Why SEL is important
In recent years, an overwhelming amount of research into childhood education reveals that the development of a child’s emotional intelligence is just as important as their academic intelligence. This has brought about the rise of a body of thought referred to as Social and Emotional Learning or (SEL)
CASEL defines social and emotional learning (SEL) as:
“an integral part of education and human development. SEL is the process through which all young people and adults acquire and apply the knowledge, skills, and attitudes to develop healthy identities, manage emotions and achieve personal and collective goals, feel and show empathy for others, establish and maintain supportive relationships, and make responsible and caring decisions.
SEL advances educational equity and excellence through authentic school-family-community partnerships to establish learning environments and experiences that feature trusting and collaborative relationships, rigorous and meaningful curriculum and instruction, and ongoing evaluation. SEL can help address various forms of inequity and empower young people and adults to co-create thriving schools and contribute to safe, healthy, and just communities.”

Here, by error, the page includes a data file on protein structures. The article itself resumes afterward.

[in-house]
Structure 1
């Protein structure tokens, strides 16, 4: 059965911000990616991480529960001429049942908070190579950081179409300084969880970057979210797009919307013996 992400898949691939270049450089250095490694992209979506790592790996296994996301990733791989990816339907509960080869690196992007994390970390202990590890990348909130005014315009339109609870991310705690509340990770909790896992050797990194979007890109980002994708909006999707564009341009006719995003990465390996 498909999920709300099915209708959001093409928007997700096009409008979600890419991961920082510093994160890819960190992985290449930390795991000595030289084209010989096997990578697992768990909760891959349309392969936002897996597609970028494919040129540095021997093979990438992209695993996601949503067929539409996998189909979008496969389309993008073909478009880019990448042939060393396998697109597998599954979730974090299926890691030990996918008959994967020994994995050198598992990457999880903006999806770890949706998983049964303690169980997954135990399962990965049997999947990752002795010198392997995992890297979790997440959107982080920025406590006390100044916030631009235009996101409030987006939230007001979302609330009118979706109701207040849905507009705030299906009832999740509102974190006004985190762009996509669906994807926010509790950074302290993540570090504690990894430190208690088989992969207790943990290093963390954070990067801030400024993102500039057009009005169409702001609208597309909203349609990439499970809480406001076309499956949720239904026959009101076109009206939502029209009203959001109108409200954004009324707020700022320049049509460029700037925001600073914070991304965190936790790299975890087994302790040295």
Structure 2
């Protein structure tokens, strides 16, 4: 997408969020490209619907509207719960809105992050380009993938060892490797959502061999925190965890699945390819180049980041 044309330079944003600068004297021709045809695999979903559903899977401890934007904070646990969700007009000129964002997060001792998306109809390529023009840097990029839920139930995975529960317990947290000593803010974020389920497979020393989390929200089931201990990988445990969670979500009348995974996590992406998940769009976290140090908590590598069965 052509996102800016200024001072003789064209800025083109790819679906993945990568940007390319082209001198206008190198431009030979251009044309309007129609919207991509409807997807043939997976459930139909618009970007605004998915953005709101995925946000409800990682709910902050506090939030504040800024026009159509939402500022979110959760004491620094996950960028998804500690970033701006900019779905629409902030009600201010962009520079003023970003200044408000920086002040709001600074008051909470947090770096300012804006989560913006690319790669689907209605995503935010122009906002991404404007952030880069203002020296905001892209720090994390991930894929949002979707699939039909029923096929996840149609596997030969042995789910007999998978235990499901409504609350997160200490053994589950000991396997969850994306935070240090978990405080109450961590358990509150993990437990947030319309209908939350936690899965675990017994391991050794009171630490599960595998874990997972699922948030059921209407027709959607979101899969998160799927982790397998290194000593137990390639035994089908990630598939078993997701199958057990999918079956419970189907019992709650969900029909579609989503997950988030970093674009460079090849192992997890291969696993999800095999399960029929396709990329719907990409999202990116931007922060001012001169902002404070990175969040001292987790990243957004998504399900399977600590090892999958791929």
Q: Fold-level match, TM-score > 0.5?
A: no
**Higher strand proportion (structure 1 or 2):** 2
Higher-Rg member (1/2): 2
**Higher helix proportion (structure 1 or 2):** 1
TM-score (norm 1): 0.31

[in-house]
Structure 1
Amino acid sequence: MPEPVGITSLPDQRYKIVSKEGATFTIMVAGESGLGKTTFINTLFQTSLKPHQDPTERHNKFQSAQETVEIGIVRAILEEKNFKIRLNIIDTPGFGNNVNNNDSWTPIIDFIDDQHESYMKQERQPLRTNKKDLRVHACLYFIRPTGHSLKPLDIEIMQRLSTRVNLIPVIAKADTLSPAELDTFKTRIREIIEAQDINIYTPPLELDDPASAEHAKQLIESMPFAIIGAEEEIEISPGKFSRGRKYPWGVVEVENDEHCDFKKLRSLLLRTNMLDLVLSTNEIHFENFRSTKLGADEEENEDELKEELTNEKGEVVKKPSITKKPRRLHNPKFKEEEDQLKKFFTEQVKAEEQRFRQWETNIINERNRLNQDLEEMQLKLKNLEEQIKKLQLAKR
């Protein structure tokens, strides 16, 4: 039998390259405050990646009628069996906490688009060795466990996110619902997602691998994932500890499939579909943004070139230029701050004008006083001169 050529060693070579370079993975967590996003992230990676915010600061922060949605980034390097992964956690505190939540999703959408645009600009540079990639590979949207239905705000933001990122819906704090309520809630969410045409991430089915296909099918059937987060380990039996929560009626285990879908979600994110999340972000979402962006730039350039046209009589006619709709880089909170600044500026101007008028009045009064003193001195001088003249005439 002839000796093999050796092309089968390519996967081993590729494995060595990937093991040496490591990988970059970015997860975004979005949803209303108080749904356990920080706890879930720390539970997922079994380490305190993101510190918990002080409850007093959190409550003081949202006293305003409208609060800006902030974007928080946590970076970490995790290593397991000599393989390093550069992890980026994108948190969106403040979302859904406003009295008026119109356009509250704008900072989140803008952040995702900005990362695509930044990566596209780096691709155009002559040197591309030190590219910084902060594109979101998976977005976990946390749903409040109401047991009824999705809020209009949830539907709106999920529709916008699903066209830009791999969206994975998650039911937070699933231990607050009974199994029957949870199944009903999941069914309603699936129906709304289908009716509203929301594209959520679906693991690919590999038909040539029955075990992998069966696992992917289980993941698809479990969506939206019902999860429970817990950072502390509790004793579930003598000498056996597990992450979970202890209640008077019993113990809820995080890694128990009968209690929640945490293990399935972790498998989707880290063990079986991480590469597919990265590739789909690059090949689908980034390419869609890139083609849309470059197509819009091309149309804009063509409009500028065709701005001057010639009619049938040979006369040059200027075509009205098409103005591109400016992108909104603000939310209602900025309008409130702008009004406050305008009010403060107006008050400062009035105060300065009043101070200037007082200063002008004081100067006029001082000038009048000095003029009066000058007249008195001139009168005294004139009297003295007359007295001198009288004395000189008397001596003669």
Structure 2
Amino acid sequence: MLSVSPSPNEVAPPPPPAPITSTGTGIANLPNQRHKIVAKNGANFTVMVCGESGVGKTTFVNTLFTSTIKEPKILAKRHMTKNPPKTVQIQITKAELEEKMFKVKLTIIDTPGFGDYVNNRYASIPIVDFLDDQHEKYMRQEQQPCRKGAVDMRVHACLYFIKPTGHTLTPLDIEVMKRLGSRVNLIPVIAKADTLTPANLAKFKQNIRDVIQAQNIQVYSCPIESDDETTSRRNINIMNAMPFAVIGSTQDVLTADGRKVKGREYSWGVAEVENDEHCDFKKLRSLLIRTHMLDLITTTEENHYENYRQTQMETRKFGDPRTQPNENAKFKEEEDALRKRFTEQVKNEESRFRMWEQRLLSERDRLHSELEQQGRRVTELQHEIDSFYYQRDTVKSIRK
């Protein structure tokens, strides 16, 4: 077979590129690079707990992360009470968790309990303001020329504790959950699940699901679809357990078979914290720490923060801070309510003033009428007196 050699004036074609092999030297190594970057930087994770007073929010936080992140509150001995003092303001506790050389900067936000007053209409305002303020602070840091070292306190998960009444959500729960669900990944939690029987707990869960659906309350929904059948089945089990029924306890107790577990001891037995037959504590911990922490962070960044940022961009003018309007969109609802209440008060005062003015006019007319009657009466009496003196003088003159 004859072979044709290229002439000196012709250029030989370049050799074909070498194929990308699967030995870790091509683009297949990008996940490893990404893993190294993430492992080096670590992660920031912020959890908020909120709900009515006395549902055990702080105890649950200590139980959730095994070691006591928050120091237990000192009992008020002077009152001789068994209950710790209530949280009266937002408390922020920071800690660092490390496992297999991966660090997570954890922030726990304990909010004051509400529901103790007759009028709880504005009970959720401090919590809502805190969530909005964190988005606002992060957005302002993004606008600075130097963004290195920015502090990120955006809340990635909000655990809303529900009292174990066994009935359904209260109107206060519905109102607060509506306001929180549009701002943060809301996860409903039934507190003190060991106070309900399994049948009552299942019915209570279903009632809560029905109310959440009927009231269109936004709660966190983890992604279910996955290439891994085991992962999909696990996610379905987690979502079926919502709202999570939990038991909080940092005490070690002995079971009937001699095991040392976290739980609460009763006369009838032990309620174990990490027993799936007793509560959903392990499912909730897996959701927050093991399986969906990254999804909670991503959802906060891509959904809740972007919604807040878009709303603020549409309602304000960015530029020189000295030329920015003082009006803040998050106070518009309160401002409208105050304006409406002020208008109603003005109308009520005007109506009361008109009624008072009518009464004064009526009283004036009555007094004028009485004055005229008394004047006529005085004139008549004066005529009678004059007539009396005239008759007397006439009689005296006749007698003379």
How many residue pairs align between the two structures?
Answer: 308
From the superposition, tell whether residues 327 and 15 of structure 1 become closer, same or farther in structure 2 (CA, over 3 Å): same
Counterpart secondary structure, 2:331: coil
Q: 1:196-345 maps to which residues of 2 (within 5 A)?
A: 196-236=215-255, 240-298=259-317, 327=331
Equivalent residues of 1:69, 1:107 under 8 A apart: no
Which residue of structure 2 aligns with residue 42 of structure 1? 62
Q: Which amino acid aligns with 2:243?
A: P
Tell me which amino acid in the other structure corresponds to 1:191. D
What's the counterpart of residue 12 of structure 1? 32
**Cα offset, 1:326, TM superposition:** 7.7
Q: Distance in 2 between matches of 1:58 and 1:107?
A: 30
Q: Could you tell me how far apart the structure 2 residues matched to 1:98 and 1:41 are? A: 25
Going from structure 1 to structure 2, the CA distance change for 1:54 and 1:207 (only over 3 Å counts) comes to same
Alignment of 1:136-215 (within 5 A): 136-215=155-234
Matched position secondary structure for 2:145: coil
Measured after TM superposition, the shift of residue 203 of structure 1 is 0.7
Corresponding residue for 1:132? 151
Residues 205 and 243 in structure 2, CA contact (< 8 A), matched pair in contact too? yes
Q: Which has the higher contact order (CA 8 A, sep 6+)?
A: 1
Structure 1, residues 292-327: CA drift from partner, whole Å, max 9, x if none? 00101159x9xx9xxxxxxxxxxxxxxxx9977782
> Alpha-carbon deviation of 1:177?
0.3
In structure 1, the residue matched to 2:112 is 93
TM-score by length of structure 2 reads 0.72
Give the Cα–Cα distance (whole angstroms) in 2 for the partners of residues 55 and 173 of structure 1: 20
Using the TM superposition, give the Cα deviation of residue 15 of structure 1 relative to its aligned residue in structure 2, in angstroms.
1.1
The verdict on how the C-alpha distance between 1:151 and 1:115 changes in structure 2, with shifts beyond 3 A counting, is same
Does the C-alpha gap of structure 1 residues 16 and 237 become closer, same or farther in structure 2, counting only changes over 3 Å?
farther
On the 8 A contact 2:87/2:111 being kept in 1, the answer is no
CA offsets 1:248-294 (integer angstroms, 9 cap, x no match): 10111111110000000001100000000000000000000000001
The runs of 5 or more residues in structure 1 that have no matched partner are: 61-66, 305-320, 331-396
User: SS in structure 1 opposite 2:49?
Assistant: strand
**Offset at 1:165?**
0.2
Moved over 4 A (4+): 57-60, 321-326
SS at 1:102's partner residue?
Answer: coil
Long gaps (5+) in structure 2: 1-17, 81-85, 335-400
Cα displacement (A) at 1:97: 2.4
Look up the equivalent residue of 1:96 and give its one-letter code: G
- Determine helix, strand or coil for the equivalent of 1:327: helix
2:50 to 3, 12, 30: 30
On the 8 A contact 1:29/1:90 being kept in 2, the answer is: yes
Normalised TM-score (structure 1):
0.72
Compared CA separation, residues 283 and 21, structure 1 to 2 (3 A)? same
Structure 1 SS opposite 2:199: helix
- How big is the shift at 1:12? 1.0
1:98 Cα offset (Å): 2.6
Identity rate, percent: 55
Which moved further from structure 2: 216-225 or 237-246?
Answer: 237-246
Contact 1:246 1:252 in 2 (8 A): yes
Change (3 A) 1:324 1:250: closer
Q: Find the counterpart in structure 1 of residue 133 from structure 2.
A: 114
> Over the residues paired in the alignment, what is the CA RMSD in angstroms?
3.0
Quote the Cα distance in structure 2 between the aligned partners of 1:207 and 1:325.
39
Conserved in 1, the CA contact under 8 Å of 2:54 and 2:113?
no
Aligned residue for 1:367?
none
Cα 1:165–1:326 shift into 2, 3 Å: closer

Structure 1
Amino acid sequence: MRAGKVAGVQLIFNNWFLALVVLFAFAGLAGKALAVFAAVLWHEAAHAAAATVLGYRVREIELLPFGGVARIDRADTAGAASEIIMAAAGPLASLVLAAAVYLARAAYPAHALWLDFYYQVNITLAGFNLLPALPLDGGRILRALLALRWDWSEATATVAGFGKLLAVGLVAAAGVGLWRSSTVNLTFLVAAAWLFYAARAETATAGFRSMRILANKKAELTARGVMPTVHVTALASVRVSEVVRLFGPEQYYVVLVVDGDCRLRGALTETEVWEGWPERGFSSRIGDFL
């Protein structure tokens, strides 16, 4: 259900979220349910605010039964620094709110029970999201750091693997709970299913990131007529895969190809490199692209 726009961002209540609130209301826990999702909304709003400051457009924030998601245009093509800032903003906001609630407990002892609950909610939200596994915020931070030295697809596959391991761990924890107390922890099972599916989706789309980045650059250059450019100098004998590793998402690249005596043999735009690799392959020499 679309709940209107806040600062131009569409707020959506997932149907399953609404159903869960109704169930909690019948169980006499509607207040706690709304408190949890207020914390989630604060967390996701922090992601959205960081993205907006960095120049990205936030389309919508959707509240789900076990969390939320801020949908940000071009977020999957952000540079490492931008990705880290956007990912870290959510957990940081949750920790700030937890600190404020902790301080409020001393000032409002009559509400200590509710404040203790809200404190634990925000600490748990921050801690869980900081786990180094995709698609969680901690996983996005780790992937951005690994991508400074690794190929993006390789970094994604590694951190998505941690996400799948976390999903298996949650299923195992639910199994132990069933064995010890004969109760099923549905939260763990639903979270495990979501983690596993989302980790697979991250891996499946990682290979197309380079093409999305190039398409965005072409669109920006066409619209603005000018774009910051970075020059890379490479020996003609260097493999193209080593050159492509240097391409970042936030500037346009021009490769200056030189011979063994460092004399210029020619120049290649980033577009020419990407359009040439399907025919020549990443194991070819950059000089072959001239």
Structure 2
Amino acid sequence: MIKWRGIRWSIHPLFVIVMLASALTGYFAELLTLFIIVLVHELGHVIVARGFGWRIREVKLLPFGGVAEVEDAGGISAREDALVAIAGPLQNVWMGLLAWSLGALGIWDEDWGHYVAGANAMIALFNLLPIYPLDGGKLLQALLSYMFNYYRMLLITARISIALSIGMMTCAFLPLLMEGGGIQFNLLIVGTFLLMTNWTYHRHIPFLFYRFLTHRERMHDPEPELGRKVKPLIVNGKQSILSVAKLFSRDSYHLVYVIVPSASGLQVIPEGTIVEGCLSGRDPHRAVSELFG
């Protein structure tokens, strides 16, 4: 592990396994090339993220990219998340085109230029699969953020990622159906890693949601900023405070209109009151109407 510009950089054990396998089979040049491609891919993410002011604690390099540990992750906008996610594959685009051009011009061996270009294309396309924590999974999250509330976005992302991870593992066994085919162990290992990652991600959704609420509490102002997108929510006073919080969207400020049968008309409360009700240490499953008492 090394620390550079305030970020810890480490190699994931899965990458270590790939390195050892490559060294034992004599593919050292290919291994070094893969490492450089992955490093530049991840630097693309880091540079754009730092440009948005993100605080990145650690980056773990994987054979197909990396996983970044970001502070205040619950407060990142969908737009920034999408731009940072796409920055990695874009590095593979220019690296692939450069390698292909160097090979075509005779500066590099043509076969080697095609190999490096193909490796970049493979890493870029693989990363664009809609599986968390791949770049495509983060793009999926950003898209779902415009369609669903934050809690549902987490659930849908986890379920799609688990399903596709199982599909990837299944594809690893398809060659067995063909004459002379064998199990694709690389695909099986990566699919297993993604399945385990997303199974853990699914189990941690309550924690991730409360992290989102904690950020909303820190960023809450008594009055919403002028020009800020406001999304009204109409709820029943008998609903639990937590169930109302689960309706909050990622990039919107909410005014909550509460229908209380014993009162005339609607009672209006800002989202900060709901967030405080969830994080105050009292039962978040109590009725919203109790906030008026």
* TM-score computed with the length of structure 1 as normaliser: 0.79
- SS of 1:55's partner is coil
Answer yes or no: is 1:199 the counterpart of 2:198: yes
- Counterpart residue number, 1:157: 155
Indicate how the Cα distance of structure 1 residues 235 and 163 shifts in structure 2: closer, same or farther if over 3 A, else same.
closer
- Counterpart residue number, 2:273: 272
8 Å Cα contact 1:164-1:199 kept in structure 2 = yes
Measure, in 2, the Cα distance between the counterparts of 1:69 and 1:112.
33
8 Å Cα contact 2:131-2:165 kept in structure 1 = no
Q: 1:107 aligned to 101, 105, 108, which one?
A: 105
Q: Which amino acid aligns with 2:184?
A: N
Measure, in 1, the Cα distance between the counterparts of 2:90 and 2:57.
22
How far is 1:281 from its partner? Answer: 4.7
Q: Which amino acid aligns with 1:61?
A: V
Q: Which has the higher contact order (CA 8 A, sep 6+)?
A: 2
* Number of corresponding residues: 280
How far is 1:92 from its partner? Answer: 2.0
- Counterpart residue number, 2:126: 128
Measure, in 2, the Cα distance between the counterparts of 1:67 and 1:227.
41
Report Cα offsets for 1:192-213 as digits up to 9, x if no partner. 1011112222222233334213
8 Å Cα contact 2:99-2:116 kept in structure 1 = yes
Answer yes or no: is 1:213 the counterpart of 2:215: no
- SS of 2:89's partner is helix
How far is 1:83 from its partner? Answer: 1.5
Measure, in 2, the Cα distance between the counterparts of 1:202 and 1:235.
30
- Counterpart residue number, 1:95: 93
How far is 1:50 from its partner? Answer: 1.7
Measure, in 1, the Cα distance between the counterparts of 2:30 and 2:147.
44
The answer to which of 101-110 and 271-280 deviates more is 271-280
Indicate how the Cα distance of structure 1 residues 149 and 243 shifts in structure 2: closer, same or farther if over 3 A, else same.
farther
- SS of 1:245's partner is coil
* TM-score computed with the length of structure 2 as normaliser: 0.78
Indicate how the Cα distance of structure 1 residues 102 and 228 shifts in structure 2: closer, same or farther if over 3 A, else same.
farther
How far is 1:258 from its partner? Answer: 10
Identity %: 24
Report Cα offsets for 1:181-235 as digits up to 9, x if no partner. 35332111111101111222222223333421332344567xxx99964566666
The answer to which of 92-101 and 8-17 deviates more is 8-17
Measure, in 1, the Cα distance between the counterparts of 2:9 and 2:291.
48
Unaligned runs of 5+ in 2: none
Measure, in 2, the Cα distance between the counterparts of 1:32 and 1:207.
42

THE CASEL WHEEL
To further explain the concept CASEL has created a framework, known to many as the “CASEL wheel,” or the “CASEL 5” it helps to cultivate skills and environments that advance students’ learning and development.
The 5 SEL Competencies
The CASEL 5 addresses five broad and interrelated areas of competence and highlights examples for each: self-awareness, self-management, social awareness, relationship skills, and responsible decision-making. The CASEL 5 can be taught and applied at various developmental stages from childhood to adulthood and across diverse cultural contexts. Many school districts, states, and countries have used the CASEL 5 to establish preschool to high school learning standards and competencies that articulate what students should know and be able to do for academic success, school and civic engagement, health and wellness, and fulfilling careers.
A developmental perspective to SEL considers how the social and emotional competencies can be expressed and enhanced at different ages from preschool through adulthood. Students’ social, emotional, and cognitive developmental levels and age-appropriate tasks and challenges should inform the design of SEL standards, instruction, and assessment. Given that, stakeholders should decide how best to prioritize, teach, and assess the growth and development of the CASEL 5 in their local schools and communities.